It is theoretically possible that habitable planets exist around pulsars. Such planets must have an enormous atmosphere that convert the deadly X-rays and high energy particles of the pulsar into heat. That is stated in a scientific paper by astronomers Alessandro Patruno and Mihkel Kama, working in the Netherlands and the United Kingdom. The paper appears today in the journal Astronomy & Astrophysics.
Pulsars are known for their extreme conditions. They are neutron stars of only 10 to 30 kilometers in diameter. They have enormous magnetic fields, they accrete matter and they regularly burst out large amounts of X-rays and other energetic particles. Nevertheless, Alessandro Patruno (Leiden University and ASTRON) and Mihkel Kama (Leiden University and Cambridge University) suggest that there could be life in the vicinity of these stars.
It is the first time that astronomers try to calculate so-called habitable zones near neutron stars. The calculations show that the habitable zone around a neutron star can be as large as the distance from our Earth to our Sun. An important premise is that the planet must be a super-Earth with a mass between one and ten times of our Earth. A smaller planet will lose its atmosphere within a few thousand years. Furthermore, the atmosphere must be a million times as thick as that of the Earth. The conditions on the pulsar planet surface might resemble those of the deep sea at Earth.
The astronomers studied the pulsar PSR B1257+12 about 2300 light-years away in the constellation Virgo. They used the Chandra space telescope that is specially made to observe X-rays. Three planets orbit the pulsar. Two of them are super-Earths with a mass of four to five times our Earth. The planets orbit close enough around the pulsar to warm up. Patruno: "According to our calculations, the temperature of the planets might be suitable for the presence of liquid water on their surface. Though, we don't know yet if the two super-Earths have the right, extremely dense atmosphere."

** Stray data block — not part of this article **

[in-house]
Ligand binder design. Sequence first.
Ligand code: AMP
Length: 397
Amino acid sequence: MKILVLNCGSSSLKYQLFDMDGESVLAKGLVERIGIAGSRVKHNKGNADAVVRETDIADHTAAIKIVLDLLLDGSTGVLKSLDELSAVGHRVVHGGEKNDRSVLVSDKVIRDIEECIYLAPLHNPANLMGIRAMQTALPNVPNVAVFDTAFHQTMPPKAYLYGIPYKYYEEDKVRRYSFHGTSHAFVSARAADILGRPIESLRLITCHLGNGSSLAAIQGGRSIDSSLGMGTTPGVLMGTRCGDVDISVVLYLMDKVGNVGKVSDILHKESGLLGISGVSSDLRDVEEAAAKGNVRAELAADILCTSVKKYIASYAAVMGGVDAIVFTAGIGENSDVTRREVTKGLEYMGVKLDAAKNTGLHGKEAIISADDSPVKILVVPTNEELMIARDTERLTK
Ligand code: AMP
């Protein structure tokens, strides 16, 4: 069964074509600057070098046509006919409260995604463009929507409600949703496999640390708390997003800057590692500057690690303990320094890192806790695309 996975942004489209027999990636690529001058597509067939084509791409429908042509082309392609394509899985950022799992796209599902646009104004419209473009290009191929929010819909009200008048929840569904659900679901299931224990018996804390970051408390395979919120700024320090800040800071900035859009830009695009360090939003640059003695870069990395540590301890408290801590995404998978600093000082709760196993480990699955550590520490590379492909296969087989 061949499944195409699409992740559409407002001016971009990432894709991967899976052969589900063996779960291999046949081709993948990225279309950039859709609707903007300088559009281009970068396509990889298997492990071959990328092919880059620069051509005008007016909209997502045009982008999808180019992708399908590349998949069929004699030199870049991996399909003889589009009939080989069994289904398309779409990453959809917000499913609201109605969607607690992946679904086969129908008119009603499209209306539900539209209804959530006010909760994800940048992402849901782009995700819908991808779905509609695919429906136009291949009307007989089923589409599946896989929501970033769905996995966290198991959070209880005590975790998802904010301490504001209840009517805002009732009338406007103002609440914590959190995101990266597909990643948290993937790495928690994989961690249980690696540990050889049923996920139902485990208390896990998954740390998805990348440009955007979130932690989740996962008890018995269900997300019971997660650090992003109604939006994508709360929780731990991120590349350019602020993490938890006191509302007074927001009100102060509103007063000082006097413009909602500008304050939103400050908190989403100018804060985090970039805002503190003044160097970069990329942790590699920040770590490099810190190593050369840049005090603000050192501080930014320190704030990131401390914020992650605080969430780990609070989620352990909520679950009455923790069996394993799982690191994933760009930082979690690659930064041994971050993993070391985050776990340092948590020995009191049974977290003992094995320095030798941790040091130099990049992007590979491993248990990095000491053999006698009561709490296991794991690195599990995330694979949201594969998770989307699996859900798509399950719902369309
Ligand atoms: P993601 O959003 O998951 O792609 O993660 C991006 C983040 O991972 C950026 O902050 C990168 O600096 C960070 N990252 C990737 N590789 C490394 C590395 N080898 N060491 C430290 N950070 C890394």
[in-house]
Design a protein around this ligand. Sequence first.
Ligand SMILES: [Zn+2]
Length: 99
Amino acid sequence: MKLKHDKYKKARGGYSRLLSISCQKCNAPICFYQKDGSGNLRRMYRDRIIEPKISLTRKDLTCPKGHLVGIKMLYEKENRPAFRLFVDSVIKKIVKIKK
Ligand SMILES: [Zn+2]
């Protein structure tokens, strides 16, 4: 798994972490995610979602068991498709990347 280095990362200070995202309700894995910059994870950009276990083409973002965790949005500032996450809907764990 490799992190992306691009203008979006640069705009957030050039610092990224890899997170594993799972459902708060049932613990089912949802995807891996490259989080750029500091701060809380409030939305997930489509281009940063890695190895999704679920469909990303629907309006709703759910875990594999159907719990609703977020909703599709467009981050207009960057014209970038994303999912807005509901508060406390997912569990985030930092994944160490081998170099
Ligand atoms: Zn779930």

In the future, the astronomers would love to observe the pulsar in more detail and compare it with other pulsars. The ALMA telescope of the European Southern Observatory would be able to show dust discs around neutron stars. Such disks are good predictors of planets.
Probably our Milky Way contains about 1 billion neutron stars of which about 200,000 pulsars. So far, 3000 pulsars have been studied and only 5 pulsar planets have been found. PSR B1257+12 is a much-studied pulsar. In 1992, the first exoplanets ever were discovered around this object.